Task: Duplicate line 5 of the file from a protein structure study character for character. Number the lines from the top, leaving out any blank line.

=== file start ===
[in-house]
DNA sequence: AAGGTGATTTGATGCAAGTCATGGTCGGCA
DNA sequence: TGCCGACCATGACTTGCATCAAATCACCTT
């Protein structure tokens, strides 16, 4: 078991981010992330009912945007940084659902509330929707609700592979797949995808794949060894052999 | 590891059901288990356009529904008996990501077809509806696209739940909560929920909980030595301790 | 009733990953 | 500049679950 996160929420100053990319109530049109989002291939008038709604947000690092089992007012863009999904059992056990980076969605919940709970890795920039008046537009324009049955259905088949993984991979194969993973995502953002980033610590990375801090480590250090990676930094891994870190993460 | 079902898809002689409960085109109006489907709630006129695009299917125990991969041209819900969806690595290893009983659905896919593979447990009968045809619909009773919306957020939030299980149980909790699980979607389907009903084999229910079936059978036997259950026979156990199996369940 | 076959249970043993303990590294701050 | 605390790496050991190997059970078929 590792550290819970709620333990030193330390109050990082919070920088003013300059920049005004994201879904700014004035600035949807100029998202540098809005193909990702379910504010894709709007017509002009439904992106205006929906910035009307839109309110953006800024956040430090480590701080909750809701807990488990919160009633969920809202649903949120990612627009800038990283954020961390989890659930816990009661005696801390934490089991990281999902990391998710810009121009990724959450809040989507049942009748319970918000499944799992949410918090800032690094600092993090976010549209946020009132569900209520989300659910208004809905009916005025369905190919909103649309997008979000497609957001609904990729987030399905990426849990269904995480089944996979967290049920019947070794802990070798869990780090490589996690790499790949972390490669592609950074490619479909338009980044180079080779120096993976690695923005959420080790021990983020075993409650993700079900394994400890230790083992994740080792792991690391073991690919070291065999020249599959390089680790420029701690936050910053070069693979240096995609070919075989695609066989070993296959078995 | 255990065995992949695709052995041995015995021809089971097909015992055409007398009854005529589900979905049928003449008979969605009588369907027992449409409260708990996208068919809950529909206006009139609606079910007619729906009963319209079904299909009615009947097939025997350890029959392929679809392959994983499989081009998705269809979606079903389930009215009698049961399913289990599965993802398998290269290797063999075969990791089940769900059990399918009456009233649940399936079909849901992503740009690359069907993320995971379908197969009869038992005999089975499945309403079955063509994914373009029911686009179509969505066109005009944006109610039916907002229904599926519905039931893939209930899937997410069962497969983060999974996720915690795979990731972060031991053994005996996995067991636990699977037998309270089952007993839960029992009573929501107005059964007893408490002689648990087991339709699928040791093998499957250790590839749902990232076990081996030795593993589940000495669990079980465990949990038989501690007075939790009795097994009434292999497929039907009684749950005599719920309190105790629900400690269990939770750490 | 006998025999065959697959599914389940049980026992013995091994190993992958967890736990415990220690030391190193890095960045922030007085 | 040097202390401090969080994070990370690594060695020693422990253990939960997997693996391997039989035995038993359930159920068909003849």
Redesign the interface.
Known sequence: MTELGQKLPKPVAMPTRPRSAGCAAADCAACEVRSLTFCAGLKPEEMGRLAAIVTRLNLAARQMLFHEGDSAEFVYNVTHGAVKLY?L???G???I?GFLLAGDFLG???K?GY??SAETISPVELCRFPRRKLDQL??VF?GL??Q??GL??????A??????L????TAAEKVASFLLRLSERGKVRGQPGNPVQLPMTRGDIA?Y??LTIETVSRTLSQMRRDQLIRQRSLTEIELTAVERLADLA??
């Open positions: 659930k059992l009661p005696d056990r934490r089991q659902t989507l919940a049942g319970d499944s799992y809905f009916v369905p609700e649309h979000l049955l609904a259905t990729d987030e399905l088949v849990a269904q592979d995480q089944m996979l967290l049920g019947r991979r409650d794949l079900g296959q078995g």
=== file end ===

Redesign the interface.